How can economic indicators be relatively good, while our sense of well-being is so poor?
By Dennis Archambault
The economy is good, though we haven’t fully recovered from the 2007-10 recession and are anxious about the impact of job losses at Ford and General Motors; home values are up; the region continues to diversify with immigrant populations; millennials are finding the region desirable; and the health care industry continues to be a major source of employment. However, our sense of “well-being” is poor, worse than comparable cities.
The Detroit Free Press https://www.freep.com/story/money/business/john-gallagher/2018/12/04/detroit-regional-chamber-state-region-report/2193863002/ and The Detroit News https://www.detroitnews.com/story/business/columnists/daniel-howes/2018/12/04/headwinds-buck-regions-upward-trajectory/2196383002/ covered the story from a business perspective, citing a Gallup-Healthways Well-Being Index https://www.sharecare.com/static/well-being-index. That struck me as curious – business writers citing a well-being survey — not the Robert Wood Johnson Foundation county health rankings, which would offer mixed reviews for Wayne, Oakland, and Macomb county.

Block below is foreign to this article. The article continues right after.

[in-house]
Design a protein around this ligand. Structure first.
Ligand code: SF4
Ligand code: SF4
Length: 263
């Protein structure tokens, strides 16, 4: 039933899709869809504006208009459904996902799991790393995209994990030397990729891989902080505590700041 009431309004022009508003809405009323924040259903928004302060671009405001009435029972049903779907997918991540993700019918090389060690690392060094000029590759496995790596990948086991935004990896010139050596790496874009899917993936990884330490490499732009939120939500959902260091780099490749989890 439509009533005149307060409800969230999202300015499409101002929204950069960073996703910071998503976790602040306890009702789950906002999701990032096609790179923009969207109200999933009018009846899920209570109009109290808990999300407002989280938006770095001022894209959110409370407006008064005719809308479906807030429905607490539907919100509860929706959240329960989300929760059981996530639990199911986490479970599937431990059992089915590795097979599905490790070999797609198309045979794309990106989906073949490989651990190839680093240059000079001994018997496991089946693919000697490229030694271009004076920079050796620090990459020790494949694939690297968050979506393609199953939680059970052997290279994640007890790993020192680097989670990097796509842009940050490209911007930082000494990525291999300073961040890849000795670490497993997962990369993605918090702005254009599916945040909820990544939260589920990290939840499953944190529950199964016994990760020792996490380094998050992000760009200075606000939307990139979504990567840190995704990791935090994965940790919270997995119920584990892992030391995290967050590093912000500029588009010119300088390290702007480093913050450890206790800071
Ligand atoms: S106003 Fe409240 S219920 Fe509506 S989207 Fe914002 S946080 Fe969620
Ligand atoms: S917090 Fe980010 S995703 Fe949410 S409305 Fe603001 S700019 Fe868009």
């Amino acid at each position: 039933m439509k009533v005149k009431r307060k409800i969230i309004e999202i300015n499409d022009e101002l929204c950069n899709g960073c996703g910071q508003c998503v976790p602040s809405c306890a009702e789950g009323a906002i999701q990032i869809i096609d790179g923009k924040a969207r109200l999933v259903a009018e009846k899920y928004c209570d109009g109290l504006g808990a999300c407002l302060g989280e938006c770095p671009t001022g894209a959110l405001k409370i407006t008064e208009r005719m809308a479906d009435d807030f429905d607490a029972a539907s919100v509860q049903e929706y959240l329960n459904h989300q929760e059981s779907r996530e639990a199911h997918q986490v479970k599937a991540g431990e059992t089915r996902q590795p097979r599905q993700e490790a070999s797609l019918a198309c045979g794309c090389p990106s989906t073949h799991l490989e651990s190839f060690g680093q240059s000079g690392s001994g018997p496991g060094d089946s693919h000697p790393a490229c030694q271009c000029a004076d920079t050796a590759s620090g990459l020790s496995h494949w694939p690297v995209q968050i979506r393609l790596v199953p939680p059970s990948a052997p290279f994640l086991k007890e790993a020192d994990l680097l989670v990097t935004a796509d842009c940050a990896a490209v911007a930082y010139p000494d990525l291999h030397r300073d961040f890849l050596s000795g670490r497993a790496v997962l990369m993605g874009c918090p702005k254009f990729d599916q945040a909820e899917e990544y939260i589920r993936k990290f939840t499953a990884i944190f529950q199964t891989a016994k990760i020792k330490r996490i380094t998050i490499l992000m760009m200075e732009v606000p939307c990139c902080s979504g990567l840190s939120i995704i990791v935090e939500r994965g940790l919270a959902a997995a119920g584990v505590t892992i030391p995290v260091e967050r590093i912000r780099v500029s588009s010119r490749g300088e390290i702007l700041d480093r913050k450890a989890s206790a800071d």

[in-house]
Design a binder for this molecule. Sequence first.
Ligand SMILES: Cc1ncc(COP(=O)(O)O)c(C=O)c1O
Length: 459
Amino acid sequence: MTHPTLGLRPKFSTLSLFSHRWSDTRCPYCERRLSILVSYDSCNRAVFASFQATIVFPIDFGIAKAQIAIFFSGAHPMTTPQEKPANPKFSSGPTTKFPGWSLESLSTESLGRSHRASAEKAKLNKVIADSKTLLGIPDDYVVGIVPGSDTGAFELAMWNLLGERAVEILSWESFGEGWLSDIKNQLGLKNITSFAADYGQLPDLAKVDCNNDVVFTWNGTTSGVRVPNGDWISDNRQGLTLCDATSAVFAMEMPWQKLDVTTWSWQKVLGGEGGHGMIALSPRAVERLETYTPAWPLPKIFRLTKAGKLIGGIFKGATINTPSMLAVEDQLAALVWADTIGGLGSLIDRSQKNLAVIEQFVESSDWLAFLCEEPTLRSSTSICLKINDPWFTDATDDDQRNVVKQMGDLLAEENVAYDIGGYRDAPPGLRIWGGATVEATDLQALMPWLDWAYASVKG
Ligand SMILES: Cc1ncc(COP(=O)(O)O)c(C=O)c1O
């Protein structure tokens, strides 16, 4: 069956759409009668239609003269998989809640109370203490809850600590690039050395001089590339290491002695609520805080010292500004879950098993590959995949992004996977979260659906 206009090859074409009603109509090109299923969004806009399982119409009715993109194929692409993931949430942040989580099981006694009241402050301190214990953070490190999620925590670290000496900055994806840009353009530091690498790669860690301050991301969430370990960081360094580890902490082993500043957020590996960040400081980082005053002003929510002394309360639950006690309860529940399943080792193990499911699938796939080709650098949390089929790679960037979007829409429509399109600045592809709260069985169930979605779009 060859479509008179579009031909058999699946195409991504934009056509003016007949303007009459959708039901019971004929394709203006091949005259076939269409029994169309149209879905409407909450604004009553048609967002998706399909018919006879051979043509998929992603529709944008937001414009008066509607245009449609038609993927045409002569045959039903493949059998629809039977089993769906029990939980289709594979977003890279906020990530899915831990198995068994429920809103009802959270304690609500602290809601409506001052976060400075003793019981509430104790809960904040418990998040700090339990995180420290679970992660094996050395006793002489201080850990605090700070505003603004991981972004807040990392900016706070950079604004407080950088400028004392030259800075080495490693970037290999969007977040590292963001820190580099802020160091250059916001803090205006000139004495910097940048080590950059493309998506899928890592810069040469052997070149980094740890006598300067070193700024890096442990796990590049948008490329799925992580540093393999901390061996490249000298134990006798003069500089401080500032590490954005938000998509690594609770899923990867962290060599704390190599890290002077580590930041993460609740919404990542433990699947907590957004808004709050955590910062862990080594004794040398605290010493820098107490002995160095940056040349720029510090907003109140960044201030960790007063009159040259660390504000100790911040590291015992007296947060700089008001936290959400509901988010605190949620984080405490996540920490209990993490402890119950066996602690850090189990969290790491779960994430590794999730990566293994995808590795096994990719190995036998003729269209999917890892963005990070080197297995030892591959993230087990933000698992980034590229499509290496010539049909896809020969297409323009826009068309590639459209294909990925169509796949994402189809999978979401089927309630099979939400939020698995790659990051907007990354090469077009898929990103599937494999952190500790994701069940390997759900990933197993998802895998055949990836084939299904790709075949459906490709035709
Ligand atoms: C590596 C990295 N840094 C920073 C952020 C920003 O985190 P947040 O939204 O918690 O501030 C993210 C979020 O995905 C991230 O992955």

The Gallup poll, known formally as “State of American Well-Being,” defines the holistic concept as “more than just physical health or economic indicators.” Well-being includes five elements: “purpose, social, financial, community, and physical.” Of seven indicators listed in the Free Press article, all were related to economic development. The inclusion of well-being didn’t seem to be relevant. Or is it?
It seems as though business writers have, in this case, inadvertently linked health – albeit defined through a “well-being” framework – with economic vitality. Of course, mentally and physically healthy people are more productive and more engaged in the communities and social networks. We should all be concerned why the well-being index is low, and lower in Metropolitan Detroit than in other areas, in a robust economic period. What is population feeling and thinking? Unlike the RWJ County Health Rankings, this is driven by perceptions of respondents, not statistical data. Overall, we don’t feel well. And that isn’t a good indicator for population health.
Dennis Archambault is vice president of Public Affairs at Authority Health.